Over the past few years a series of LPs released by Mississippi Records is helping extend Emahoy’s legacy, introducing her music to new audiences and helping to build a fuller picture of her as both a musician and a person. The first release, Spielt Eigene Kompositionen, recorded in Germany in 1963 when Emahoy was 40 years old, is a deeply spiritual, hypnotic record that reflects the different stages of Emahoy’s life up until that point, weaving contemplative Christian music with Orthodox liturgy and classical music. The second release, a self-titled compilation, contains several moving piano pieces recorded in the 1960s and originally self-released in Germany as fundraisers for orphanages and other philanthropic causes (using her music as a way to help others would be a lifelong mission for Emahoy). Jerusalem was released for her 99th birthday on December 12, 2022, and includes tracks from hard to find albums and home recordings, bringing together her  liturgical work with darker,  more intense classical material. Their latest LP, Souvenirs, is Emahoy’s first vocal album, and was originally self-released in 2013 on a limited number of CDs and sold in the Jerusalem monastery gift shop. The songs were composed and recorded at Emahoy’s family’s home in Addis Ababa between 1977 and 1985, a period of violence and turmoil for Emahoy’s  family, and Ethiopia as a whole.

While Emahoy’s music has a very intimate feel to it, as if you were right there with her, it also weaves a broader narrative, intricately reflecting Emahoy’s eventful life and the most significant moments in Ethiopia’s 20th-century history.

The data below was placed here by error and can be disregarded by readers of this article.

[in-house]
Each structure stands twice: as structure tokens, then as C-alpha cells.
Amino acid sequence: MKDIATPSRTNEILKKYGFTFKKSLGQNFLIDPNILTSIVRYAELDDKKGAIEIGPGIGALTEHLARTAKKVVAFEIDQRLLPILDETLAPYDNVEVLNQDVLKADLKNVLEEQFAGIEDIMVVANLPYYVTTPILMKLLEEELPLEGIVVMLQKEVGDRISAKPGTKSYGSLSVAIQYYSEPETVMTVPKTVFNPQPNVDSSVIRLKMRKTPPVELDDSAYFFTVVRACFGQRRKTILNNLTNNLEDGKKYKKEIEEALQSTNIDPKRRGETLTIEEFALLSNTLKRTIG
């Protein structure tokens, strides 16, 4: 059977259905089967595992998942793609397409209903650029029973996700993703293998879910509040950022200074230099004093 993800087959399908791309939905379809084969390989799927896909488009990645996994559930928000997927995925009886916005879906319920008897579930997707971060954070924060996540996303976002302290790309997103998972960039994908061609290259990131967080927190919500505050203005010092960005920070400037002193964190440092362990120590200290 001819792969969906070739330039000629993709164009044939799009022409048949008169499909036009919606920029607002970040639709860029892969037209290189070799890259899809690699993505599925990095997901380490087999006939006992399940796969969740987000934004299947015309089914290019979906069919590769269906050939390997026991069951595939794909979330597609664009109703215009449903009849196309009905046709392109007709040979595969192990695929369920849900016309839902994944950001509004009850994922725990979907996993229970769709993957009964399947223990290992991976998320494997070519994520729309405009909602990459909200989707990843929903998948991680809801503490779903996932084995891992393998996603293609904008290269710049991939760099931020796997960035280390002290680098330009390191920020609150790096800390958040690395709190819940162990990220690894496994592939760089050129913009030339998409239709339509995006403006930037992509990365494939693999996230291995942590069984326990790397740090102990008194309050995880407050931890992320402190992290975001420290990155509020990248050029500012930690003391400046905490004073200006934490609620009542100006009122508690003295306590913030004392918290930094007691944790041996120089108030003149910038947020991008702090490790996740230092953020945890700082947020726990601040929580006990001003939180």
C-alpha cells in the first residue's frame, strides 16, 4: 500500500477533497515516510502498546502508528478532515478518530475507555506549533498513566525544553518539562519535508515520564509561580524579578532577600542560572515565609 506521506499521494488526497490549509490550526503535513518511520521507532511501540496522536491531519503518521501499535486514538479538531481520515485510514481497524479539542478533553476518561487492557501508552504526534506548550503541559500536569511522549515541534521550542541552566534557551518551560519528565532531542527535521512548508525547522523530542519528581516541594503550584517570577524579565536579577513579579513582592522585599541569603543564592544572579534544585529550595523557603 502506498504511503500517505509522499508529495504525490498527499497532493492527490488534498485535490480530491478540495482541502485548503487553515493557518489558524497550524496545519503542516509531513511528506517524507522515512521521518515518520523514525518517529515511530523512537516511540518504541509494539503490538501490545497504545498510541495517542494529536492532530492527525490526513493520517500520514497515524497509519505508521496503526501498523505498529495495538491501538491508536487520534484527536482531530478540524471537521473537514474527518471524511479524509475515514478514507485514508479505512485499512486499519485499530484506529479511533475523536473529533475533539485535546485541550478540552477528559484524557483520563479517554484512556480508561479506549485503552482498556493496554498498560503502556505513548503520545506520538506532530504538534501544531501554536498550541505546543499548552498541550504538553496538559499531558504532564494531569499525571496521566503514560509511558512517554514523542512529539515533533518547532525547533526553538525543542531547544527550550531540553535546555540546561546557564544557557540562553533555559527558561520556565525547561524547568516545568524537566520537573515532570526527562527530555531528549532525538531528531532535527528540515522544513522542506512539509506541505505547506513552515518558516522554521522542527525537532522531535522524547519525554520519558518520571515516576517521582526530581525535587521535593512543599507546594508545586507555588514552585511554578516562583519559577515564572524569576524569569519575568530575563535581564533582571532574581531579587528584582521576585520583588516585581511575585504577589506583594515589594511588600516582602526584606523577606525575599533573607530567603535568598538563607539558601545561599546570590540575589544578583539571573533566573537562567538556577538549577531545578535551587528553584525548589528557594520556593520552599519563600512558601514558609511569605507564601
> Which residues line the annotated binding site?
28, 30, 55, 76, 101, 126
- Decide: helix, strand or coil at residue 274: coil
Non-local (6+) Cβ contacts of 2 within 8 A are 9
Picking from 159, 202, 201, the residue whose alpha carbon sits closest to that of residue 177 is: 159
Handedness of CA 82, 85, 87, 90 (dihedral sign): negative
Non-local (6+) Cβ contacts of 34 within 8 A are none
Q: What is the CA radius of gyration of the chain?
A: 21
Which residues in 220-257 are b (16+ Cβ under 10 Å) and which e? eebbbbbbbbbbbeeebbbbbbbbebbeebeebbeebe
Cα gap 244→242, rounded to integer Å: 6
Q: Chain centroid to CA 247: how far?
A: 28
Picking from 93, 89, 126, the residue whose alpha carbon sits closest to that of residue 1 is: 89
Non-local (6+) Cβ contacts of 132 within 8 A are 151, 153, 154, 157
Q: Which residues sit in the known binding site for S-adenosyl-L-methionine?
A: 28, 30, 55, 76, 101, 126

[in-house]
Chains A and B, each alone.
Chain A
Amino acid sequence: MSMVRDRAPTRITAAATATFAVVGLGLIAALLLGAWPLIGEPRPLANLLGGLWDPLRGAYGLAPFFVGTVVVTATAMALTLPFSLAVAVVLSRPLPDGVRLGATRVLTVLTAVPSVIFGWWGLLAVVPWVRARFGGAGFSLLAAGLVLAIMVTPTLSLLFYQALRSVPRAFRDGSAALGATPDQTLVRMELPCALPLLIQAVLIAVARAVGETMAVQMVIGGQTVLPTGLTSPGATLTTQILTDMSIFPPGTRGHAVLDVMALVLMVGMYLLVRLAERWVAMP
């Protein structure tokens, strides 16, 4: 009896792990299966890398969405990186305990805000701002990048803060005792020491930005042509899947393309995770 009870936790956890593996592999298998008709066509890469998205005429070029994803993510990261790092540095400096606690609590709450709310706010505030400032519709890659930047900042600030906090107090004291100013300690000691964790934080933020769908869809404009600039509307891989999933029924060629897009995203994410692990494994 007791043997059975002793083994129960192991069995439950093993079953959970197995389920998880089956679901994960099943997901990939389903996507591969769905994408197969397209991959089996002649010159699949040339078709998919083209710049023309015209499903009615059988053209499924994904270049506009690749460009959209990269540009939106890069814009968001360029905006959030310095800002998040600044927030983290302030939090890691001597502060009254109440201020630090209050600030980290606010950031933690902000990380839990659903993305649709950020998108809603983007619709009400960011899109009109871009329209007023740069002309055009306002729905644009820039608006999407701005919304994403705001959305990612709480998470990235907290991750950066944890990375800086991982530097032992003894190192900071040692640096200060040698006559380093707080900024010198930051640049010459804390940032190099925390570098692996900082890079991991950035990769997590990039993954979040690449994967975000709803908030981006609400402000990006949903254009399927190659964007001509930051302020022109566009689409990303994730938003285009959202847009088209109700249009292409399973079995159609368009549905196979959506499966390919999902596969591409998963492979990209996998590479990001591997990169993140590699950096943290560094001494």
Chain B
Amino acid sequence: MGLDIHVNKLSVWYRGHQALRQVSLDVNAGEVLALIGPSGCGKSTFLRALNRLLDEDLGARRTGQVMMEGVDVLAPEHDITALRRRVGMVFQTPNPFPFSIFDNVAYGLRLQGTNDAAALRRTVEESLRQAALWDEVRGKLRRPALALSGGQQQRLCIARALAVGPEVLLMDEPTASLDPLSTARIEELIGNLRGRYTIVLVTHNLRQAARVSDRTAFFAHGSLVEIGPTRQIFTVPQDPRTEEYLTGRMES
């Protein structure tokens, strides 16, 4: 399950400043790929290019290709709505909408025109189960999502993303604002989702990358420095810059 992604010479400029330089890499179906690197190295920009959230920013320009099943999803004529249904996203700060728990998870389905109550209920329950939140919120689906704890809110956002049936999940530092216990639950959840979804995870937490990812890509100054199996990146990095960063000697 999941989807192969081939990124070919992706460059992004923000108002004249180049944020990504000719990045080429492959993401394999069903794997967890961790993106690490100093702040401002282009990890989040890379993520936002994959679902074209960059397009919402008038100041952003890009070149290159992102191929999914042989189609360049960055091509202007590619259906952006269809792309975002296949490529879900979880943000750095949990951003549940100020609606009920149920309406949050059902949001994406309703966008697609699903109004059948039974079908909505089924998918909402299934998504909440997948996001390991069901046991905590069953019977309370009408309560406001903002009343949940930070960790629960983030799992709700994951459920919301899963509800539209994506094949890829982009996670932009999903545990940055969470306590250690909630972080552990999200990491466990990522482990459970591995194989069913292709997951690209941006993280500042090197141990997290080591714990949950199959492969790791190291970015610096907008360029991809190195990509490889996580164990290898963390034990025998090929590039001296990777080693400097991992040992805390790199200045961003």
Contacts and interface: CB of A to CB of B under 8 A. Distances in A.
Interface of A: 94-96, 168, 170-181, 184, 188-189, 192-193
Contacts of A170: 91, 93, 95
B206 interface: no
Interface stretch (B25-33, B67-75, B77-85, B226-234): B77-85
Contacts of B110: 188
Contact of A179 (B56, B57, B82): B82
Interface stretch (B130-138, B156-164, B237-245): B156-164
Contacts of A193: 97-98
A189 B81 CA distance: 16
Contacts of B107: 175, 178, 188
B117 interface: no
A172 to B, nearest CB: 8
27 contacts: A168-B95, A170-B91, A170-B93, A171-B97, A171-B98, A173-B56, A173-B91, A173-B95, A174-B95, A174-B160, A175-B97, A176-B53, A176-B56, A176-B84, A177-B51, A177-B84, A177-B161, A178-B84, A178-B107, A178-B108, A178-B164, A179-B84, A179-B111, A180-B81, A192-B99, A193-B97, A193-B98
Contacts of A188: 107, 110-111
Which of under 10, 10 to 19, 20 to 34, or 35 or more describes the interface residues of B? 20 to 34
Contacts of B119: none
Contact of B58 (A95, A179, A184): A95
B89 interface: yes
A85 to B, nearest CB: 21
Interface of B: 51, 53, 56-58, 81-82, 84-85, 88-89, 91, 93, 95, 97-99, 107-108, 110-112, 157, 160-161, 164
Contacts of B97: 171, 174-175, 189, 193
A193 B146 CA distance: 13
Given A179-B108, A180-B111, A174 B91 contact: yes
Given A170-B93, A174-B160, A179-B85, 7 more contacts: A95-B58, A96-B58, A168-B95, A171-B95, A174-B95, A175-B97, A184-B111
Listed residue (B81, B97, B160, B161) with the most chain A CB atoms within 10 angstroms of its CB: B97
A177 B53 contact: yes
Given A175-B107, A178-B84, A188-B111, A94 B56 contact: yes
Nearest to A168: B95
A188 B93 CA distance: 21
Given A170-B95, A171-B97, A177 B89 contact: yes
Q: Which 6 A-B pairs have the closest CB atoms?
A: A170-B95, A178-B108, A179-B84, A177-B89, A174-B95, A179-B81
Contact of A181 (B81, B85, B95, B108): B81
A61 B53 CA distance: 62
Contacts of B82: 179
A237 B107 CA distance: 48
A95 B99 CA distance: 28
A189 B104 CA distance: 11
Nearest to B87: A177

An Extraordinary Life

Before adopting her monastic name and title—“Emahoy” is a title sometimes given to female monastics, while Tsege-Mariam is a chosen name—Emahoy was born Yewubdar Gebru, on December 12, 1923, in Addis Ababa, into a prominent Ethiopian family. When she was six, she and her sister were sent to boarding school in Switzerland, and it was here that the young  Yewubdar first fell in love with playing the piano and the violin.

The piano would be her best friend when, at age 11, she returned to Addis Ababa having forgotten most of her Amharic, unable to speak to her classmates—and even some family members. “That kind of made her like an outsider,” Hanna says. “Throughout her life, this was always very difficult for her. She had reverse culture shock coming back to Ethiopia and felt very alone.”

In 1936, when Yewubdar was in highschool, Italy’s fascist forces invaded Ethiopia, killing three of her brothers. Her family, some of whom had joined the resistance (one sister was fighting on the frontlines, and two others were serving as nurses with the Red Cross), were eventually arrested and transferred to the Italian island of Asinara as POWs, and later to Mercogliano, near Naples. “She doesn’t speak of it as a horrible time, but as a time when she felt very lonely,” says Hanna. Again, music would be her refuge, and she’d spend her days singing with the nuns and priests and learning to play the organ. It was during this exile that she began to reconnect with her Ethiopian roots: “She did tell me that she became very attached to her Ethiopian identity because the Italians invaded her country and had done so much harm, so that kind of [activated] her sense of patriotism,” says Hanna.

Merch for this release:
Compact Disc (CD), Vinyl LP

Eventually the family was granted permission to return to Ethiopia, where Yewubdar began working as a secretary in the Ministry of Foreign Affairs under Emperor Haile Selassie. “It was her and the minister, so the two of them ran the entire ministry,” Hanna recalls. Emahoy was ahead of her time in many ways: “She grew up in a society that was extremely paternalistic, but her father encouraged all his daughters to be very free thinking and assertive.” She was also a staunch feminist. “I don’t think she thought of it as being a political ideology, it was  just about this is who I am and this is what I’m gonna do and nothing’s gonna stop me, and that makes her a feminist,” Hanna says. “Even when she became a nun, instead of sinking into it hook and sinker, she went head-to-head with the establishment and said that women should be allowed to take part in the liturgy.”